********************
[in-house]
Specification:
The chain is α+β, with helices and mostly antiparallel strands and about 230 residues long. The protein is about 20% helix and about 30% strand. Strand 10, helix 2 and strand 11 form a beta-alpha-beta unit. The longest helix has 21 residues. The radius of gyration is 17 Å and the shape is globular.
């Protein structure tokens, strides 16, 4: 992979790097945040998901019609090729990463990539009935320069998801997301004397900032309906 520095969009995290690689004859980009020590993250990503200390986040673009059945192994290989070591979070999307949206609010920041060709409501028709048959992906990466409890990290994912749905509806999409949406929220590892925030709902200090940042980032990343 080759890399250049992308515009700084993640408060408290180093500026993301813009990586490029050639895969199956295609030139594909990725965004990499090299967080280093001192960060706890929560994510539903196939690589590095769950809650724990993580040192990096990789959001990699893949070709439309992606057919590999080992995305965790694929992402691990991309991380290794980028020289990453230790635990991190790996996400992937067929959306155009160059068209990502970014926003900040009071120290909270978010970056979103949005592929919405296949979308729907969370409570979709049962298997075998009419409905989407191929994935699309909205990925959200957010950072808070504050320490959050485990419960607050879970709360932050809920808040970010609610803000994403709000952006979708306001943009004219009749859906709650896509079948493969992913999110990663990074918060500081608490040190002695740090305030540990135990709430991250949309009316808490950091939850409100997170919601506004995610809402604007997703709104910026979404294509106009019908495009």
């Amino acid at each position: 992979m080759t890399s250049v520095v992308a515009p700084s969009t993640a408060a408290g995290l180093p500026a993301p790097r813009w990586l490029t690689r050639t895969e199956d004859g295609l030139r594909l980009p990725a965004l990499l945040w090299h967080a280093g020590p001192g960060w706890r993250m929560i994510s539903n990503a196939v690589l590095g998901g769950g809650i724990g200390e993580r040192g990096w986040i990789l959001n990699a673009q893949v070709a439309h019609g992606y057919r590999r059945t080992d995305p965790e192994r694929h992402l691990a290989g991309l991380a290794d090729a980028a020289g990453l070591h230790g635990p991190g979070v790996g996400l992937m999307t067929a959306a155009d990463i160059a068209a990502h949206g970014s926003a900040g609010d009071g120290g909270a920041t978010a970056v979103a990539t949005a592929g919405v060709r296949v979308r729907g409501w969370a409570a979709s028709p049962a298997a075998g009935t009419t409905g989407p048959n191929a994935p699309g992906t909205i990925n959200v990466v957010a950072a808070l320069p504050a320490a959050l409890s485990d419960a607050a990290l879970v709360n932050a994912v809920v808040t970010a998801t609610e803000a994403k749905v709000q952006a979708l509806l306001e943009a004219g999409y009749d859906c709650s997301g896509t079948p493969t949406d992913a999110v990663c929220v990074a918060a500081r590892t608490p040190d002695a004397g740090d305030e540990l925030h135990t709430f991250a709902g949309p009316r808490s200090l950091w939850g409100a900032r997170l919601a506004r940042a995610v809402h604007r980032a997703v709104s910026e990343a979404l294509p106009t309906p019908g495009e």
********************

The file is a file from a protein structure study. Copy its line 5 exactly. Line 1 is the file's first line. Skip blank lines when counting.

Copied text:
């Amino acid at each position: 992979m080759t890399s250049v520095v992308a515009p700084s969009t993640a408060a408290g995290l180093p500026a993301p790097r813009w990586l490029t690689r050639t895969e199956d004859g295609l030139r594909l980009p990725a965004l990499l945040w090299h967080a280093g020590p001192g960060w706890r993250m929560i994510s539903n990503a196939v690589l590095g998901g769950g809650i724990g200390e993580r040192g990096w986040i990789l959001n990699a673009q893949v070709a439309h019609g992606y057919r590999r059945t080992d995305p965790e192994r694929h992402l691990a290989g991309l991380a290794d090729a980028a020289g990453l070591h230790g635990p991190g979070v790996g996400l992937m999307t067929a959306a155009d990463i160059a068209a990502h949206g970014s926003a900040g609010d009071g120290g909270a920041t978010a970056v979103a990539t949005a592929g919405v060709r296949v979308r729907g409501w969370a409570a979709s028709p049962a298997a075998g009935t009419t409905g989407p048959n191929a994935p699309g992906t909205i990925n959200v990466v957010a950072a808070l320069p504050a320490a959050l409890s485990d419960a607050a990290l879970v709360n932050a994912v809920v808040t970010a998801t609610e803000a994403k749905v709000q952006a979708l509806l306001e943009a004219g999409y009749d859906c709650s997301g896509t079948p493969t949406d992913a999110v990663c929220v990074a918060a500081r590892t608490p040190d002695a004397g740090d305030e540990l925030h135990t709430f991250a709902g949309p009316r808490s200090l950091w939850g409100a900032r997170l919601a506004r940042a995610v809402h604007r980032a997703v709104s910026e990343a979404l294509p106009t309906p019908g495009e």